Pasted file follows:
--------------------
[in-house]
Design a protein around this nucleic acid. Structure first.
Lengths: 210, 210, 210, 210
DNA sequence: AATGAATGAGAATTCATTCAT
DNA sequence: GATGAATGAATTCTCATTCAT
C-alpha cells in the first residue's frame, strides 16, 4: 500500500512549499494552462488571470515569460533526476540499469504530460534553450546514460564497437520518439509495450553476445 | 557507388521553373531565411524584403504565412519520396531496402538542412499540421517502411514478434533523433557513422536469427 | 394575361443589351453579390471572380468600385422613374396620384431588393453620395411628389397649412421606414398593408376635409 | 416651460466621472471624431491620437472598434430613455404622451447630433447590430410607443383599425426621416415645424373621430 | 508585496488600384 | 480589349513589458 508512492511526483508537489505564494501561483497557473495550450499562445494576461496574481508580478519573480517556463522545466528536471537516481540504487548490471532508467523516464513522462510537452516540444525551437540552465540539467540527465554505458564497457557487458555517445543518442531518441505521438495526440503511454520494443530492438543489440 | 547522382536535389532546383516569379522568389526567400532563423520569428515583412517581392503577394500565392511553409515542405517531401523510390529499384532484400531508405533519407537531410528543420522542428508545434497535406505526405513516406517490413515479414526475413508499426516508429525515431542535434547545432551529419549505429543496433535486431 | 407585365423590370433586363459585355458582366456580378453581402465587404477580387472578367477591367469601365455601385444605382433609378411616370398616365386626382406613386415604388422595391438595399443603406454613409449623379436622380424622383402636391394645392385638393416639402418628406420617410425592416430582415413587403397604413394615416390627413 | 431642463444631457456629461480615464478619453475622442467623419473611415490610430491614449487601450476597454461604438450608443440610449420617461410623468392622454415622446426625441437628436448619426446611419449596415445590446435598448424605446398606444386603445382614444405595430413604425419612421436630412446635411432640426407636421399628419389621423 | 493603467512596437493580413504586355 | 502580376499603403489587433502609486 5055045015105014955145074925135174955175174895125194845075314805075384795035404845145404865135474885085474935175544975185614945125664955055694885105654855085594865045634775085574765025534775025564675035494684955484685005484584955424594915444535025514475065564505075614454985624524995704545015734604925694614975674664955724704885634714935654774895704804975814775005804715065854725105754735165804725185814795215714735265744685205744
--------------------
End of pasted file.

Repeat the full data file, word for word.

[in-house]
Design a protein around this nucleic acid. Structure first.
Lengths: 210, 210, 210, 210
DNA sequence: AATGAATGAGAATTCATTCAT
DNA sequence: GATGAATGAATTCTCATTCAT
C-alpha cells in the first residue's frame, strides 16, 4: 500500500512549499494552462488571470515569460533526476540499469504530460534553450546514460564497437520518439509495450553476445 | 557507388521553373531565411524584403504565412519520396531496402538542412499540421517502411514478434533523433557513422536469427 | 394575361443589351453579390471572380468600385422613374396620384431588393453620395411628389397649412421606414398593408376635409 | 416651460466621472471624431491620437472598434430613455404622451447630433447590430410607443383599425426621416415645424373621430 | 508585496488600384 | 480589349513589458 508512492511526483508537489505564494501561483497557473495550450499562445494576461496574481508580478519573480517556463522545466528536471537516481540504487548490471532508467523516464513522462510537452516540444525551437540552465540539467540527465554505458564497457557487458555517445543518442531518441505521438495526440503511454520494443530492438543489440 | 547522382536535389532546383516569379522568389526567400532563423520569428515583412517581392503577394500565392511553409515542405517531401523510390529499384532484400531508405533519407537531410528543420522542428508545434497535406505526405513516406517490413515479414526475413508499426516508429525515431542535434547545432551529419549505429543496433535486431 | 407585365423590370433586363459585355458582366456580378453581402465587404477580387472578367477591367469601365455601385444605382433609378411616370398616365386626382406613386415604388422595391438595399443603406454613409449623379436622380424622383402636391394645392385638393416639402418628406420617410425592416430582415413587403397604413394615416390627413 | 431642463444631457456629461480615464478619453475622442467623419473611415490610430491614449487601450476597454461604438450608443440610449420617461410623468392622454415622446426625441437628436448619426446611419449596415445590446435598448424605446398606444386603445382614444405595430413604425419612421436630412446635411432640426407636421399628419389621423 | 493603467512596437493580413504586355 | 502580376499603403489587433502609486 5055045015105014955145074925135174955175174895125194845075314805075384795035404845145404865135474885085474935175544975185614945125664955055694885105654855085594865045634775085574765025534775025564675035494684955484685005484584955424594915444535025514475065564505075614454985624524995704545015734604925694614975674664955724704885634714935654774895704804975814775005804715065854725105754735165804725185814795215714735265744685205744